It should be noted that, in all of miscible CO2-WAG flooding experiments, the first fluid injected was CO2.

Table 3

Physical properties of core samples.

3 Results and Discussion

3.1 Determination of MMP

The MMP is considered as one of the most important parameters in the design of miscible CO2-EOR projects and criterion of miscibility. To determine the MMP value in this study, six slim-tube experiments were conducted at six different displacement pressures of P between 15.71 and 40.53 MPa and the constant reservoir temperature of 96.1 °C. These pressures were chosen carefully to cover the whole range of an immiscible state to a miscible state. In each pressure, the oil RF after injecting 1.2 PV of CO2 was recorded and plotted versus displacement pressure (Fig. 4). As can be seen, at the pressures less than the MMP, the oil recovery increment is considerable by increasing the pressure but at the pressures higher than the MMP, this oil recovery increment is not significant. Based on the measured data in Figure 4, the oil RF was correlated to the displacement pressure by applying the two linear regressions: (4) (5)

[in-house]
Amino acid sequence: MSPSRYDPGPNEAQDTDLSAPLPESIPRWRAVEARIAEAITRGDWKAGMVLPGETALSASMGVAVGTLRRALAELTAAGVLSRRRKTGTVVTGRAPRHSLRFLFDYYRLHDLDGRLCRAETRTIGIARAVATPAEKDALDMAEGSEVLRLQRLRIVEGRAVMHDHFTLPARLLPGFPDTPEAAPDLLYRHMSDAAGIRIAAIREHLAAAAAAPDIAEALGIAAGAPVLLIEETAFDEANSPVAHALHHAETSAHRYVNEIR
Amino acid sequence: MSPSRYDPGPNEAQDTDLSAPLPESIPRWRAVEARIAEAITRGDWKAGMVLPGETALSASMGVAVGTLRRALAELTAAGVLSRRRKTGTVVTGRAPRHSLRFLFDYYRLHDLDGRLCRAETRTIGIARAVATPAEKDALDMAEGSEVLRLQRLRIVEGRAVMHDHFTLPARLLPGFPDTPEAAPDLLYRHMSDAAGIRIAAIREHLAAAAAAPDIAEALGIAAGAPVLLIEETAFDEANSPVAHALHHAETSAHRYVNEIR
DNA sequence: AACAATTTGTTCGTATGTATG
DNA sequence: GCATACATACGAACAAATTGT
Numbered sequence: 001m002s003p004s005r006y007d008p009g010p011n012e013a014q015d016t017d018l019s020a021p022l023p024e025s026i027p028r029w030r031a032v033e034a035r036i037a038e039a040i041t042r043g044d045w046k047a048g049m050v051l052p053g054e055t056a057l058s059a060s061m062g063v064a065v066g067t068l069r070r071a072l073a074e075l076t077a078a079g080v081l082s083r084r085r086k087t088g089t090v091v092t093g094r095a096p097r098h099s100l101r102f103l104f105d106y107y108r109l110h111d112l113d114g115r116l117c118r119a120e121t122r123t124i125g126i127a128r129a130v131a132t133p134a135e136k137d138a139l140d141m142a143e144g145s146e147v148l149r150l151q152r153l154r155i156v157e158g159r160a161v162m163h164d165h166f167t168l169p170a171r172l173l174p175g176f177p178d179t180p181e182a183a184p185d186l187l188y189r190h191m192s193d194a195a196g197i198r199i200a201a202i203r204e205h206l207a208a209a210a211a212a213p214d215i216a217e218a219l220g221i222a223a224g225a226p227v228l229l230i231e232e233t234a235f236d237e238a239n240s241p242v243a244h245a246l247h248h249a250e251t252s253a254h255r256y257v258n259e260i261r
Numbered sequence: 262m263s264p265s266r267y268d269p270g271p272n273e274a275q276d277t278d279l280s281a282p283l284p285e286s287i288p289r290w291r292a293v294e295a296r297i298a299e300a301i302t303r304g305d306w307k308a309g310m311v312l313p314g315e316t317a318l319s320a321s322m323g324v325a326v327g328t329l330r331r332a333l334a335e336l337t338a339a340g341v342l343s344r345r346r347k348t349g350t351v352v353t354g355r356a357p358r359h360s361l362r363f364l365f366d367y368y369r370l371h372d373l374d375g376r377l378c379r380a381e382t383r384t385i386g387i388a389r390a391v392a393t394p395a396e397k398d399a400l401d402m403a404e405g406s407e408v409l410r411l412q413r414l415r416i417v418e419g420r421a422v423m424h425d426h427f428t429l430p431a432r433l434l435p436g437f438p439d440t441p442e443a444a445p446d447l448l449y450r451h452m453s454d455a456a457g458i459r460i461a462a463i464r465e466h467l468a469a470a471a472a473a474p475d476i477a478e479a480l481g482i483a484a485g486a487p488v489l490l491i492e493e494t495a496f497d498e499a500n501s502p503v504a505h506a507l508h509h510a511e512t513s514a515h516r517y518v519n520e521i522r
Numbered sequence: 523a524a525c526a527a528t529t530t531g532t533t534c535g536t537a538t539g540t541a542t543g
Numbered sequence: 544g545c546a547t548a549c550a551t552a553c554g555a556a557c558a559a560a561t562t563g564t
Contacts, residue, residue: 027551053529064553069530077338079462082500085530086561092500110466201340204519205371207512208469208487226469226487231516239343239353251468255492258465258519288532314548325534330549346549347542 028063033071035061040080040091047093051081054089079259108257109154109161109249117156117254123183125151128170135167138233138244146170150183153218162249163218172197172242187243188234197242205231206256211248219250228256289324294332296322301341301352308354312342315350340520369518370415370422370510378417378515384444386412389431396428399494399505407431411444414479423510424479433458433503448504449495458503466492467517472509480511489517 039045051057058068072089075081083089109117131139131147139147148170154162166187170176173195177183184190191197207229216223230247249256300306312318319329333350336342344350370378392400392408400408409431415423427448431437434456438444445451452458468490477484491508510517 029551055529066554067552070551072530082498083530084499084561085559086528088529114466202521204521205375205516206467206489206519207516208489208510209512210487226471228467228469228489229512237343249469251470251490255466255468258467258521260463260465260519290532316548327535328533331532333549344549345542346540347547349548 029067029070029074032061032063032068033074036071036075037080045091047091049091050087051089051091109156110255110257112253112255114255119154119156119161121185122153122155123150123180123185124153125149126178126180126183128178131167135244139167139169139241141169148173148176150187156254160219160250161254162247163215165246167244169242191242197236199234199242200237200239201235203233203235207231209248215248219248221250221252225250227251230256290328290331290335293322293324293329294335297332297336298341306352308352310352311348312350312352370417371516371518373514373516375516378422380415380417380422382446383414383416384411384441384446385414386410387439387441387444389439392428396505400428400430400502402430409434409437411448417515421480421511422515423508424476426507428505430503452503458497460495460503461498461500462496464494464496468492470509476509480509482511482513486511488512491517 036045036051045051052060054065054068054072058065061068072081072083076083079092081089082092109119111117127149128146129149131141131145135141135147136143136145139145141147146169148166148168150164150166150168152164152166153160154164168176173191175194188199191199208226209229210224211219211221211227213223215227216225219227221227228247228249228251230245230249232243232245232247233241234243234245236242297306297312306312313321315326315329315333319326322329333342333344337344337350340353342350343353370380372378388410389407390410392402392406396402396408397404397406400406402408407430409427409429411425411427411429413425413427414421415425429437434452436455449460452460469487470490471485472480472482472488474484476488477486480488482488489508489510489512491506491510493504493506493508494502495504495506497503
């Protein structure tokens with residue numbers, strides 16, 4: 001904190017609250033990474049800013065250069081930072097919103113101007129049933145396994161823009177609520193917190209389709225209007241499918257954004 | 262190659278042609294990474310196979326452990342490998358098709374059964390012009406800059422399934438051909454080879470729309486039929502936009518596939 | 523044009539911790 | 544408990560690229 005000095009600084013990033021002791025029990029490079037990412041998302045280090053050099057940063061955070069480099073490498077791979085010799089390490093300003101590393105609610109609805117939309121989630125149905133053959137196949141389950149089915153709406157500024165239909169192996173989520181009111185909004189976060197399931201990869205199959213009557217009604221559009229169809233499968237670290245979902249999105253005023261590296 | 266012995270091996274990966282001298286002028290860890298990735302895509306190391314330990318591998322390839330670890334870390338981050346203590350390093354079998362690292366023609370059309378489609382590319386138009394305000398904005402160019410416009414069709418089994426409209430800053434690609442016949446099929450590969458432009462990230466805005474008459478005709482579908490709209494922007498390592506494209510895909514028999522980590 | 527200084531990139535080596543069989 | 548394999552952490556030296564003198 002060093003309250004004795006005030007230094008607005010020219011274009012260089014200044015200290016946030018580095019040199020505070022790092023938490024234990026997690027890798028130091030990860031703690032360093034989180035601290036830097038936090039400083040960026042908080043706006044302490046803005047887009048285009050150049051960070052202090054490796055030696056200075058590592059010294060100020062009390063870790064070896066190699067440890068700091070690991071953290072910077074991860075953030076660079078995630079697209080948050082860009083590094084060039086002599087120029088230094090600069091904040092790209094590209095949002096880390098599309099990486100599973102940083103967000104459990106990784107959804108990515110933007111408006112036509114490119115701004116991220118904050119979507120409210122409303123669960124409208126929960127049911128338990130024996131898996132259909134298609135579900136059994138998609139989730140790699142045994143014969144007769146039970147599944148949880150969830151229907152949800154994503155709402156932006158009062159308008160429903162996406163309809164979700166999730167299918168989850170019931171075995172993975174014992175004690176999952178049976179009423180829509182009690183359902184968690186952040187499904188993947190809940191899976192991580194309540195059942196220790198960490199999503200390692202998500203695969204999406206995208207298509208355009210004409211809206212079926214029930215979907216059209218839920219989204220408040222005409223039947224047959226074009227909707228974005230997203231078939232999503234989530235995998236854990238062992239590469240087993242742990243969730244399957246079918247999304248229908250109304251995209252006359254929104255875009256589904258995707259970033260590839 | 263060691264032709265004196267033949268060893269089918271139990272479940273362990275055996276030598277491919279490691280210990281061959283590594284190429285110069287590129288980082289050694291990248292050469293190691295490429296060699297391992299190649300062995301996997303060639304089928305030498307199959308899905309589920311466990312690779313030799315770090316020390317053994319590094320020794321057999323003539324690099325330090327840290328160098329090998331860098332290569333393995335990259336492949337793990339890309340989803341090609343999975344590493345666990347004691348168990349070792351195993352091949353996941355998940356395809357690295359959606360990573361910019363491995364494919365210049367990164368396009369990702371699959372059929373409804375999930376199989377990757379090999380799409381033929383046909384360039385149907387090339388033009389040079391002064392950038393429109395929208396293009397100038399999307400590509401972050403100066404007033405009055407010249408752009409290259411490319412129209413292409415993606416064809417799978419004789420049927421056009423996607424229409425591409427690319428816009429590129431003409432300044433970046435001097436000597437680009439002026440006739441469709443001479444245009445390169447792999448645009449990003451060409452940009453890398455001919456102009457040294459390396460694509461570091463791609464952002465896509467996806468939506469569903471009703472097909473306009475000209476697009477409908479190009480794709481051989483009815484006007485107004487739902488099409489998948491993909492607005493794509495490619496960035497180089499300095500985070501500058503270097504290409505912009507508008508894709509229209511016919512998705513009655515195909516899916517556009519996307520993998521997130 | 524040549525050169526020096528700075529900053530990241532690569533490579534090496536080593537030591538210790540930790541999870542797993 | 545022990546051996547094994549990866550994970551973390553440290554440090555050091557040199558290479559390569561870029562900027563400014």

By equalization the above two equations, the pressure was calculated at the point of intersection of the two linear regressions (break-over point) which this pressure is the same MMP. Therefore, the MMP between CO2 and the Sarvak heavy oil was determined to be 25.92 MPa at Tres = 96.1 °C by using the slim-tube apparatus.

thumbnail Figure 4

Oil RF versus displacement pressure in slim-tube experiment.

4 Comparison of Different Flooding Methods

In this research, three different flooding methods of water flooding, miscible continuous CO2 flooding, and miscible CO2-WAG flooding were applied to investigate the effect of each of them on the oil RF in the Sarvak formation and select the optimum method with respect to ultimate oil recovery. These experiments involve flooding CO2 and the synthetic brine continuously and alternately into the oil saturated core samples to reach the ultimate oil RF. In the miscible CO2-WAG flooding, a total of seven WAG cycles were done with the slug size of 0.15 PV and the WAG ratio of 1:1.